Beadwork • Gerdany
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Gerdany - contemporary meaning

    • These days in North America, people of Ukrainian heritage refer to any beaded adornment created from seed beads as a 'gerdan'. The word "gerdany", (plural for 'gerdan' in Ukrainian), has become the generic term for all beadwork worn around the neck.
    • Upon further study, 'gerdan' is the Turkish word for neck. It was adopted for a specific long beadwoven piece worn on the chest and joined in a medallion.
    • In Ukraine, beadwork may be casually called 'gerdany', but there are many styles which are named for the techniques used to create them.

This basic netting is referred to as 'gerdany'. Note how color placement and bead sizes create interesting effects. For many, red and black are assumed to be traditional Ukrainian color palette. This is not true.


Gerdany with Kosmach embroidery patterns
by Maria D. Chulak, Pyadyky, Ukraine. 2004

(r.) Bukovynian floral loom woven gerdan.


    • A gerdan is a long, narrow chest
       adornment from a continuous solid
       (loomwoven) or openwork band with
       a medallion in front.




    • The word 'sylyanka' comes from 'sylyaty'= to string beads. Plural is 'sylyanky'.
    • This was multi-needle weaving using natural linen threads or horsehair. One would start with multiple threads tied together and secured. To start, string a single bead on two separate threads and criss-cross them through a common bead to lock it in place.
    • This process repeats across all the threads to desired length.
    • The netted bead band naturally forms a point because of the construction method.
    • The long threads are braided and used to tie on the choker if it is not stitched onto a twill tape to stabilize the 'sylyanka'.
    • Single bands 'sylyanky' were most commonly used as chokers or headbands.



    • 'Komirets' is a collar which is generally netted. They come in many widths.
    • Some refer to them as 'sylyanky' because of the technique of stringing and interlacing
       beads with a needle and thread. However, they are often created with a single needle method.
    • Motifs are geometric in nature because of the technique of netting.
       Increases and decreases help shape the collar.
    • Some have loops or sawtooth edges.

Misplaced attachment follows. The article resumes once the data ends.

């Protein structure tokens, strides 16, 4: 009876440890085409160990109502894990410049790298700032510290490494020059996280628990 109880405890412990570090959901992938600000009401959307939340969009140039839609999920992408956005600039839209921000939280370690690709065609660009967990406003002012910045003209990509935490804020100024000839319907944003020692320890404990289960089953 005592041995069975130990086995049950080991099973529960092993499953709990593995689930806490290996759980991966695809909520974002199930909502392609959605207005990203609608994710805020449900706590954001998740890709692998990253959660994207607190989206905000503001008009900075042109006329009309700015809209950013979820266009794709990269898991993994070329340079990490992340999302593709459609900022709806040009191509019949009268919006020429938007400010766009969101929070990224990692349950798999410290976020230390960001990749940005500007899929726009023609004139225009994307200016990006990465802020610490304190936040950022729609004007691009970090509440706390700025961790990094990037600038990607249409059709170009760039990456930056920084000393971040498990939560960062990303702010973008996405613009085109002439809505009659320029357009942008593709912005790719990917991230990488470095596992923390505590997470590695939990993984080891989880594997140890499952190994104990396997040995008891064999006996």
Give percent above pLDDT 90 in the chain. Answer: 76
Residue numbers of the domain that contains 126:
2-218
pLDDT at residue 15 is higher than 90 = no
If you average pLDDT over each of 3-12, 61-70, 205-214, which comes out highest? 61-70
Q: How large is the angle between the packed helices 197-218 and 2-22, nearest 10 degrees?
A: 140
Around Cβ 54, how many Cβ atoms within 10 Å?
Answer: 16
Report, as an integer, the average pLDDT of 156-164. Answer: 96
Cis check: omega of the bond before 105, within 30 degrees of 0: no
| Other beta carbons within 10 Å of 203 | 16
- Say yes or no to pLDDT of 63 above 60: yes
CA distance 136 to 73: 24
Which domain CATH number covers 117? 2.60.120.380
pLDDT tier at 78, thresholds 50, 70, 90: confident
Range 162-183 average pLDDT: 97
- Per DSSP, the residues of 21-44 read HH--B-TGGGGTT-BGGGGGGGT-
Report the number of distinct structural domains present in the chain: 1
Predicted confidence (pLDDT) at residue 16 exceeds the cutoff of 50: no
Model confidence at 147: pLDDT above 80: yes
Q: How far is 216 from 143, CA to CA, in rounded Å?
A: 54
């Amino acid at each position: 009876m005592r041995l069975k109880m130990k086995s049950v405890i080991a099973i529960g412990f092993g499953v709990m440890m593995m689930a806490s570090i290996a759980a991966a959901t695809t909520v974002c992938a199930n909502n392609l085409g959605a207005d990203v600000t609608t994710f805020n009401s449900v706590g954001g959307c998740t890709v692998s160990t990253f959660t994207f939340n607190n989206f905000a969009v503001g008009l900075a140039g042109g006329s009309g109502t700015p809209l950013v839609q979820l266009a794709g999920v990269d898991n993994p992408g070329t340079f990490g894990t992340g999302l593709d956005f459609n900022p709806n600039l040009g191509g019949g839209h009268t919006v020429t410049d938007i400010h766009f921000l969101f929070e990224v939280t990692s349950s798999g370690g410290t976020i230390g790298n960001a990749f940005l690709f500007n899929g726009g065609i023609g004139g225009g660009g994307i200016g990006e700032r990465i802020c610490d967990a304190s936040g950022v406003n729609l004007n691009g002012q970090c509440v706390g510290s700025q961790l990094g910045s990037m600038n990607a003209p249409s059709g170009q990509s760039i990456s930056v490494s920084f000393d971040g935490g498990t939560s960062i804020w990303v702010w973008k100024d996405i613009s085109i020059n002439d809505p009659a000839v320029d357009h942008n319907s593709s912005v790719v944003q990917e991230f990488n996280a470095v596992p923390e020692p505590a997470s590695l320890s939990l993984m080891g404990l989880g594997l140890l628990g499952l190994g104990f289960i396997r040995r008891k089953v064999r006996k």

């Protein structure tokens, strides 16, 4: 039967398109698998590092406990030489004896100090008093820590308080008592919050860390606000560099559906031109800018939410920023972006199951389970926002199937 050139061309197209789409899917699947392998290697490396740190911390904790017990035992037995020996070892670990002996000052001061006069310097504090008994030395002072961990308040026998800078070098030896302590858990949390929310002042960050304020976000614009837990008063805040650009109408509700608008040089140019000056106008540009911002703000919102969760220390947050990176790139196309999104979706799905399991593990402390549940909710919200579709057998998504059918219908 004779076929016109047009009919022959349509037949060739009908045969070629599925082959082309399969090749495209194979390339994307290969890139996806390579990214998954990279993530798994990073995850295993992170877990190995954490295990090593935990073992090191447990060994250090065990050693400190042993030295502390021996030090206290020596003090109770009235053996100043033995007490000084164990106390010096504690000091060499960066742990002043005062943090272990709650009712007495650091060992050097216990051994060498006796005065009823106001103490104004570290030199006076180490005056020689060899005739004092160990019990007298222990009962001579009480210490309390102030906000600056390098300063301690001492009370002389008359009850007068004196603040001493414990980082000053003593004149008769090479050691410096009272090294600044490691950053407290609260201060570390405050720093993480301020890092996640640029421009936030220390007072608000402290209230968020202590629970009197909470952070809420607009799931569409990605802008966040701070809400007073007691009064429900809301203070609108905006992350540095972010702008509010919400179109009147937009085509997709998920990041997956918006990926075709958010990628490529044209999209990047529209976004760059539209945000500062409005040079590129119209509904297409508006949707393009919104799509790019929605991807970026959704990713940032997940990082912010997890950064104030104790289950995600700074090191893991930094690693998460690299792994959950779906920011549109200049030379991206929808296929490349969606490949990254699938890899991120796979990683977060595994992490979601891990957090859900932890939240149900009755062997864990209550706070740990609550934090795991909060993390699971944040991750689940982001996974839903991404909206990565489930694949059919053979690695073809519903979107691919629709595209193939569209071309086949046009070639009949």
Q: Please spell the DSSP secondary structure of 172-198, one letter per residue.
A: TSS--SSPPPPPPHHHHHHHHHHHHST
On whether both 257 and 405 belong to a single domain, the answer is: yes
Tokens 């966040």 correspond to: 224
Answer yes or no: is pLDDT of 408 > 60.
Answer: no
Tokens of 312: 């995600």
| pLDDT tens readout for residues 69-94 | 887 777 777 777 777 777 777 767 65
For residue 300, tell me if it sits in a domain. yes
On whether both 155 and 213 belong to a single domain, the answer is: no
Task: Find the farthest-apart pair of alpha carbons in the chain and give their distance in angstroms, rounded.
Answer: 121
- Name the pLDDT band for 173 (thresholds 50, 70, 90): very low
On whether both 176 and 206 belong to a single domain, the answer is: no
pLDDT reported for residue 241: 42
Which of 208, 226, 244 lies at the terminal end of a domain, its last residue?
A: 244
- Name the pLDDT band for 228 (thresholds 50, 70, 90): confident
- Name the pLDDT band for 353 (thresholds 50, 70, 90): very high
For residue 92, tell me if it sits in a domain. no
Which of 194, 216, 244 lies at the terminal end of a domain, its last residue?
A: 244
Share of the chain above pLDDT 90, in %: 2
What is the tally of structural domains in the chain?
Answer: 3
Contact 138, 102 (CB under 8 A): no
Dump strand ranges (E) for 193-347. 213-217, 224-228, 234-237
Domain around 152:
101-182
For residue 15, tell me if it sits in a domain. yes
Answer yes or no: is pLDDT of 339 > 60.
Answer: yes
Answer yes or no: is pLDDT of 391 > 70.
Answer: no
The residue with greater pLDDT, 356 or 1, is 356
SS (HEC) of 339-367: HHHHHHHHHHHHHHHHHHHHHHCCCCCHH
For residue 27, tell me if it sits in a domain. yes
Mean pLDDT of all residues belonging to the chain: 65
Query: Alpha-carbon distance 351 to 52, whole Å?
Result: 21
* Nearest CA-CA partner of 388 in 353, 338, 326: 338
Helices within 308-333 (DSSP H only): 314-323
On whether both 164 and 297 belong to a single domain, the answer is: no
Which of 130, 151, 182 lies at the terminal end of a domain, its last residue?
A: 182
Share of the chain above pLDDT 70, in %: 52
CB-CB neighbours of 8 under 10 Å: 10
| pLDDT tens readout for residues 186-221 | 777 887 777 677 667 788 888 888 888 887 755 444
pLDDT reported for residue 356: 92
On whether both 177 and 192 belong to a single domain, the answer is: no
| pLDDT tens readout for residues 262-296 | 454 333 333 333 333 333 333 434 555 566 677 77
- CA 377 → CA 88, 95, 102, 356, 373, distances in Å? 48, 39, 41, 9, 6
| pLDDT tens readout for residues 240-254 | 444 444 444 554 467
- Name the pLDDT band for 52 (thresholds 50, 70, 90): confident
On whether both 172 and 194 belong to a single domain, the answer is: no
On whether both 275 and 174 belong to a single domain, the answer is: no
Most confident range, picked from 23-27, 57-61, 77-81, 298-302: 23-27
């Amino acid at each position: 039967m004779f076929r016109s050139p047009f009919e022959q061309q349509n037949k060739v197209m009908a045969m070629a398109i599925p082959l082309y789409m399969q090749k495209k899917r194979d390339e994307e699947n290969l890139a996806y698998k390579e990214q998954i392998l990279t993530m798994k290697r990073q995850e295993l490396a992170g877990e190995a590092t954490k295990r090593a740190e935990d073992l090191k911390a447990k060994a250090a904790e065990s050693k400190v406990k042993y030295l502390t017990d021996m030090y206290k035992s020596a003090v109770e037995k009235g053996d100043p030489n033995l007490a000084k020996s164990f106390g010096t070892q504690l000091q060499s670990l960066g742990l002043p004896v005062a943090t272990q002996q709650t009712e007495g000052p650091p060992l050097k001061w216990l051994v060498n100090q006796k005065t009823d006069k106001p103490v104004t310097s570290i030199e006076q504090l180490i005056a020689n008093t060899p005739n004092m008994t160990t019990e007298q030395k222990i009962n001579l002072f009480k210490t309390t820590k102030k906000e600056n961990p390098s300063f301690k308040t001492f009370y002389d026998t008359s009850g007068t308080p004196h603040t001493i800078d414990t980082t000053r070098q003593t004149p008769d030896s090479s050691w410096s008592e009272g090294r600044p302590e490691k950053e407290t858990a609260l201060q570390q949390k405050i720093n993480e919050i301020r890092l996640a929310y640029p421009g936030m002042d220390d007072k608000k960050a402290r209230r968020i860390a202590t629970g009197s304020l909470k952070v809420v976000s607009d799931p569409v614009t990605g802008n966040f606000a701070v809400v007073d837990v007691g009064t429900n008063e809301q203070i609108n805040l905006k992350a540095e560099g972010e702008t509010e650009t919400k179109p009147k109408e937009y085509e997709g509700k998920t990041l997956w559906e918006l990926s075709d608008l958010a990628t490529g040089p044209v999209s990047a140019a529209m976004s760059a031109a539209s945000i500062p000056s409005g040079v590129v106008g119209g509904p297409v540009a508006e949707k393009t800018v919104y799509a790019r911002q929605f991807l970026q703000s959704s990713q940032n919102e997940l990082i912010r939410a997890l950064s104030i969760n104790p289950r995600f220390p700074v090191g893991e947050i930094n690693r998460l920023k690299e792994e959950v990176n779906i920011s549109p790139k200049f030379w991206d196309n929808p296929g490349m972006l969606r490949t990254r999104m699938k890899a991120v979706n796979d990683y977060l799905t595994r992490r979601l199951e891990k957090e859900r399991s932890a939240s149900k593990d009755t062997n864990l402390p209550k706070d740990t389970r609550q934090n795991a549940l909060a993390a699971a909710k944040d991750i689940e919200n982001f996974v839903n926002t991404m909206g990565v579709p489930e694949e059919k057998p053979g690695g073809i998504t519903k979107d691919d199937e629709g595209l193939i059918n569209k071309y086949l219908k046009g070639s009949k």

• Komirtsi could be finish with braided threads, hooks or clasps.
    • The sylyanka on top and komirets are separated by a string of highly prized Venetian beads.
       Bohdan Petrychuk Collection. Ukraine.


Lemko Kryvulka

    • Lemko people had the widest 'kryzy' collars. They called this style 'kryvulka',
       but in some referred to them as 'kraycha'.
    • Four components of the Lemko 'kryvulka':
    • 'Polotnya' - choker band
    • Vertical netting of rhombs
    • Zigzags - increase row by row
    • 'Gombychky' - larger bead along edge
    • Many chokers were beaded with right angle weave, though other stitches were used
       to create a tight fit from which to add the vertical netting of the rhombs.
    • Red opaque beads were the background color with blue, green, white and yellow.

Child-size kryvulka. 1930's. Dianna Melnyk Collection



Sylyanky and komirtsi collars on display at the Hutsul & Pokuttya Nat. Museum,
Kolomyia. 2008



    • "Lantsuzhky" means chains. This term encompasses all narrow seed bead work.
    • Daisy chains and narrow ladders.
    • Chains of picots can be worn together.
    • White picot trim is stitched around sylyanky in Horodenka.
       Together it is stitched onto a red twill for wearing or trimming a hat.

Trimmed sylyanky from Horodenka,
Hutsul & Pokuttya Museum Collection,
Kolomyia. 2008



"Ukrainian" Russian Spiral by
Judie Hawryluk, PA, 2007


    • 'Kruchenyky' are  open-core spirals prepared in a column, 'u stovpchyky'.
    • It's often referred to as Russian Spirals or DNA. It's actually tubular netting.
    • The tension used to stitch the tube creates the structure of the piece.
       A loose tension makes a soft tube.











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